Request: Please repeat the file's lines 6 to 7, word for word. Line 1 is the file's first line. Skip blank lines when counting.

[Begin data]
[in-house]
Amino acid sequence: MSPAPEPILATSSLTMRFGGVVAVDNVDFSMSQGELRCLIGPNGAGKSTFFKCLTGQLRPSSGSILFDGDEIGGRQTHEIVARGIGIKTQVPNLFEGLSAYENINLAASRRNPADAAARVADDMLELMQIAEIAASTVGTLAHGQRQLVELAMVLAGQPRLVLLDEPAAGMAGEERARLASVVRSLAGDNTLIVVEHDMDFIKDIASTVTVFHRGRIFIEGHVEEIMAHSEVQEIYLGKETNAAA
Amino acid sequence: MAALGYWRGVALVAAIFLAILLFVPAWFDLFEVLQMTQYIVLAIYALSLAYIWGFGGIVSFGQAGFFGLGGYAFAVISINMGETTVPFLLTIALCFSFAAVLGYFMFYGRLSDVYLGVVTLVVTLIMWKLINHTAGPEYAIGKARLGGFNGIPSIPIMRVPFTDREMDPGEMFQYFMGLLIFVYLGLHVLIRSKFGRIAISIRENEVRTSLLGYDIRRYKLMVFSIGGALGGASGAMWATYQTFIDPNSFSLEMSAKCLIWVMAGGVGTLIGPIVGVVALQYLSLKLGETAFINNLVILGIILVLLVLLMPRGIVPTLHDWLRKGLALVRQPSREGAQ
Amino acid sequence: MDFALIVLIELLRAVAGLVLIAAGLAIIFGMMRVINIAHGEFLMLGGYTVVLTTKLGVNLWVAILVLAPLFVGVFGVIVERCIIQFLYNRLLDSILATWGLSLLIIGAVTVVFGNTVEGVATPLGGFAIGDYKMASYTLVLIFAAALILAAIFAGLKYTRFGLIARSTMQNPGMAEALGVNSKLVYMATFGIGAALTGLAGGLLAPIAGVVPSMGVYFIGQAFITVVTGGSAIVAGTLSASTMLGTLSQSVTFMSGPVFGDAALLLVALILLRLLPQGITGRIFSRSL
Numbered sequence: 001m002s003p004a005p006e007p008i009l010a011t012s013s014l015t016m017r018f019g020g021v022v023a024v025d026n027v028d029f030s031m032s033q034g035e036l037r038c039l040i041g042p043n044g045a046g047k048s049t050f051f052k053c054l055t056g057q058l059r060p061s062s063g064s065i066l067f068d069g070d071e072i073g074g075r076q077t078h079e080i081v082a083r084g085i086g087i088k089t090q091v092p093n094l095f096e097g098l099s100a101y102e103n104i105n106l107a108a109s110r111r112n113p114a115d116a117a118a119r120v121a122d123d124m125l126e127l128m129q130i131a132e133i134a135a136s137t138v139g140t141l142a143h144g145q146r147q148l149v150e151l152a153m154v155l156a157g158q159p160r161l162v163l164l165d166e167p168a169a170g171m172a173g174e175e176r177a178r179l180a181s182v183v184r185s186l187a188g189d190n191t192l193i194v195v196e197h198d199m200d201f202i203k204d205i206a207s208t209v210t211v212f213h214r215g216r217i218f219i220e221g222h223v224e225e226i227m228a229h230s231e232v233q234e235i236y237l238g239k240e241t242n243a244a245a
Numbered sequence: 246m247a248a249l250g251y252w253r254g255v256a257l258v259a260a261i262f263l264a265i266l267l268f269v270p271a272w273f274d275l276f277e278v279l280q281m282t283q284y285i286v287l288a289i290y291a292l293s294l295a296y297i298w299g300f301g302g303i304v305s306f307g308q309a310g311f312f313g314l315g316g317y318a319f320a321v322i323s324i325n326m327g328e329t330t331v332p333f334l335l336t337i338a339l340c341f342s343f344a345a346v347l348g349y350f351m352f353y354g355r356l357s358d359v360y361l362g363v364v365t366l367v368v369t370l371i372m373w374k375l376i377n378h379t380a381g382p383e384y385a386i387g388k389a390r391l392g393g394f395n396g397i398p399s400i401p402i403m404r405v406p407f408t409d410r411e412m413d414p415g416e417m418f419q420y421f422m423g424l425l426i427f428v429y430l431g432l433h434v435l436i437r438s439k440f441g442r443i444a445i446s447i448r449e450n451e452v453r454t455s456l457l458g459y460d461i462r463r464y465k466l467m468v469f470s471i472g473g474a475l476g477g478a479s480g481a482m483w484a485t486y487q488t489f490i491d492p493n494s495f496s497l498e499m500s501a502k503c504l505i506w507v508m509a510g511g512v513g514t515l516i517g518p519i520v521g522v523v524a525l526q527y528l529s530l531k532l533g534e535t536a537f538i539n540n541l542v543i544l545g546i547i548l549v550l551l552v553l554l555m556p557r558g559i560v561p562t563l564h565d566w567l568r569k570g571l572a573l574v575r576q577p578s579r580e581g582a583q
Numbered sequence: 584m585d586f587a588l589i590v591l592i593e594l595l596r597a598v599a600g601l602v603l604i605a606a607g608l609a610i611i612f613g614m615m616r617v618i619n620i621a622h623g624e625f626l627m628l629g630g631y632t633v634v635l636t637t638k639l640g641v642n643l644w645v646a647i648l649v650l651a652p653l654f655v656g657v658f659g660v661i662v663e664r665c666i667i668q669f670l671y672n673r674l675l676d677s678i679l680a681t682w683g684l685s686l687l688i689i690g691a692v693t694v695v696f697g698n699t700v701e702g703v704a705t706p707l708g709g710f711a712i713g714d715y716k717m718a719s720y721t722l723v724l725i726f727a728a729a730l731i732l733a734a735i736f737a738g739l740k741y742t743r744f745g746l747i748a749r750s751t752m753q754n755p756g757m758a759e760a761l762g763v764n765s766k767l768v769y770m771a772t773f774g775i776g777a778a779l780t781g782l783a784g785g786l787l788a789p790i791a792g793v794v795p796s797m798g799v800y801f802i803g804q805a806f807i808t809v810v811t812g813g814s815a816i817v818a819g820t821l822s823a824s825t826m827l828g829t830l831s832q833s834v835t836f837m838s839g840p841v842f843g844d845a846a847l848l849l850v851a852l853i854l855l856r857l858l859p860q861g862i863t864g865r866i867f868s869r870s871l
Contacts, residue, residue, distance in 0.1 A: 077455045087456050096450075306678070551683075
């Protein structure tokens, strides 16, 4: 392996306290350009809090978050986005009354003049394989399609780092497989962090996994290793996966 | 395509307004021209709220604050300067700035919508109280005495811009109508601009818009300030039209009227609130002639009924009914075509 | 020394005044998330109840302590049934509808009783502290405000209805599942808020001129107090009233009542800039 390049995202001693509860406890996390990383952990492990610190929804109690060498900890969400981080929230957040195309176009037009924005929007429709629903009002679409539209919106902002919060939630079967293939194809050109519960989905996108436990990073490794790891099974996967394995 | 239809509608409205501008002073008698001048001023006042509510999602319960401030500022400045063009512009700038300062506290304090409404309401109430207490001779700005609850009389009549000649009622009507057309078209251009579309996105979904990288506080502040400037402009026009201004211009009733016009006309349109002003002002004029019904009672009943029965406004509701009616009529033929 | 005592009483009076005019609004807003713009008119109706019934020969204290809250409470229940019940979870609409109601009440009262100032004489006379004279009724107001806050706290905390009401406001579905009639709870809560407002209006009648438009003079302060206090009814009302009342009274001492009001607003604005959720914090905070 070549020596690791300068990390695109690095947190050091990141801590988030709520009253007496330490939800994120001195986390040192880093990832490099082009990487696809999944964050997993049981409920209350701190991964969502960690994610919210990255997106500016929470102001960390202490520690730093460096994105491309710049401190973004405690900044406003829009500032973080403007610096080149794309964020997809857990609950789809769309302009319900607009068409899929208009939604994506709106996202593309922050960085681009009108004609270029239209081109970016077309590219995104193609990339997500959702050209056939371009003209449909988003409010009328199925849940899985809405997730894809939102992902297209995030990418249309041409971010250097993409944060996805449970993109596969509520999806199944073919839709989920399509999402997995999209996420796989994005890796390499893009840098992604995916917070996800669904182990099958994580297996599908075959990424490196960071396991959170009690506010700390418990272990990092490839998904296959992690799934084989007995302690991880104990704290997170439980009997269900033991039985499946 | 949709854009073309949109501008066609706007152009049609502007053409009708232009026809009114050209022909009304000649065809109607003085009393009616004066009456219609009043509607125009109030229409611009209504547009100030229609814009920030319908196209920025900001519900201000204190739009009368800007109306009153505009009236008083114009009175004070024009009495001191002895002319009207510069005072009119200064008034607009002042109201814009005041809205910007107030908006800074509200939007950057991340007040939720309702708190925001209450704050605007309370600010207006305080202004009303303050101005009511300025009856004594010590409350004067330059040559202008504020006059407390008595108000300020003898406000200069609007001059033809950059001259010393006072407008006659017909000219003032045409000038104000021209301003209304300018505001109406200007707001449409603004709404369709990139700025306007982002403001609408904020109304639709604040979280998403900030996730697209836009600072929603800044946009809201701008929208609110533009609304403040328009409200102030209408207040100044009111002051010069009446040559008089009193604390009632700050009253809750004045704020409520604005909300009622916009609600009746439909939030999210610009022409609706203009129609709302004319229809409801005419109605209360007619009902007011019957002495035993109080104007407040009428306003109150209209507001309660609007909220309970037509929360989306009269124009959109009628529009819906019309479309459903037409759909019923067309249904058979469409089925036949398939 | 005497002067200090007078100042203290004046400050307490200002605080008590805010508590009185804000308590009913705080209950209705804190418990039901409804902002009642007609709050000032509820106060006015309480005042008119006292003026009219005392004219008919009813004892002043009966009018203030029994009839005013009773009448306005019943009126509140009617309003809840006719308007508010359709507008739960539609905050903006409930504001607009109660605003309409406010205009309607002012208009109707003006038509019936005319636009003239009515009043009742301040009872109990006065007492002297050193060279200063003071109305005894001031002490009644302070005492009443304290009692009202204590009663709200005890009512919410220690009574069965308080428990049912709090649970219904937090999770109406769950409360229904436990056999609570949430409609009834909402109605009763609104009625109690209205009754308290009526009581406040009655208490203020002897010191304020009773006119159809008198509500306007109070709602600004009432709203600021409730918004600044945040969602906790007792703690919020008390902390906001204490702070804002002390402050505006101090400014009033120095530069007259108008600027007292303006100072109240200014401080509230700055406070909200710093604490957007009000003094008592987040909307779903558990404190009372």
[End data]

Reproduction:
Numbered sequence: 246m247a248a249l250g251y252w253r254g255v256a257l258v259a260a261i262f263l264a265i266l267l268f269v270p271a272w273f274d275l276f277e278v279l280q281m282t283q284y285i286v287l288a289i290y291a292l293s294l295a296y297i298w299g300f301g302g303i304v305s306f307g308q309a310g311f312f313g314l315g316g317y318a319f320a321v322i323s324i325n326m327g328e329t330t331v332p333f334l335l336t337i338a339l340c341f342s343f344a345a346v347l348g349y350f351m352f353y354g355r356l357s358d359v360y361l362g363v364v365t366l367v368v369t370l371i372m373w374k375l376i377n378h379t380a381g382p383e384y385a386i387g388k389a390r391l392g393g394f395n396g397i398p399s400i401p402i403m404r405v406p407f408t409d410r411e412m413d414p415g416e417m418f419q420y421f422m423g424l425l426i427f428v429y430l431g432l433h434v435l436i437r438s439k440f441g442r443i444a445i446s447i448r449e450n451e452v453r454t455s456l457l458g459y460d461i462r463r464y465k466l467m468v469f470s471i472g473g474a475l476g477g478a479s480g481a482m483w484a485t486y487q488t489f490i491d492p493n494s495f496s497l498e499m500s501a502k503c504l505i506w507v508m509a510g511g512v513g514t515l516i517g518p519i520v521g522v523v524a525l526q527y528l529s530l531k532l533g534e535t536a537f538i539n540n541l542v543i544l545g546i547i548l549v550l551l552v553l554l555m556p557r558g559i560v561p562t563l564h565d566w567l568r569k570g571l572a573l574v575r576q577p578s579r580e581g582a583q
Numbered sequence: 584m585d586f587a588l589i590v591l592i593e594l595l596r597a598v599a600g601l602v603l604i605a606a607g608l609a610i611i612f613g614m615m616r617v618i619n620i621a622h623g624e625f626l627m628l629g630g631y632t633v634v635l636t637t638k639l640g641v642n643l644w645v646a647i648l649v650l651a652p653l654f655v656g657v658f659g660v661i662v663e664r665c666i667i668q669f670l671y672n673r674l675l676d677s678i679l680a681t682w683g684l685s686l687l688i689i690g691a692v693t694v695v696f697g698n699t700v701e702g703v704a705t706p707l708g709g710f711a712i713g714d715y716k717m718a719s720y721t722l723v724l725i726f727a728a729a730l731i732l733a734a735i736f737a738g739l740k741y742t743r744f745g746l747i748a749r750s751t752m753q754n755p756g757m758a759e760a761l762g763v764n765s766k767l768v769y770m771a772t773f774g775i776g777a778a779l780t781g782l783a784g785g786l787l788a789p790i791a792g793v794v795p796s797m798g799v800y801f802i803g804q805a806f807i808t809v810v811t812g813g814s815a816i817v818a819g820t821l822s823a824s825t826m827l828g829t830l831s832q833s834v835t836f837m838s839g840p841v842f843g844d845a846a847l848l849l850v851a852l853i854l855l856r857l858l859p860q861g862i863t864g865r866i867f868s869r870s871l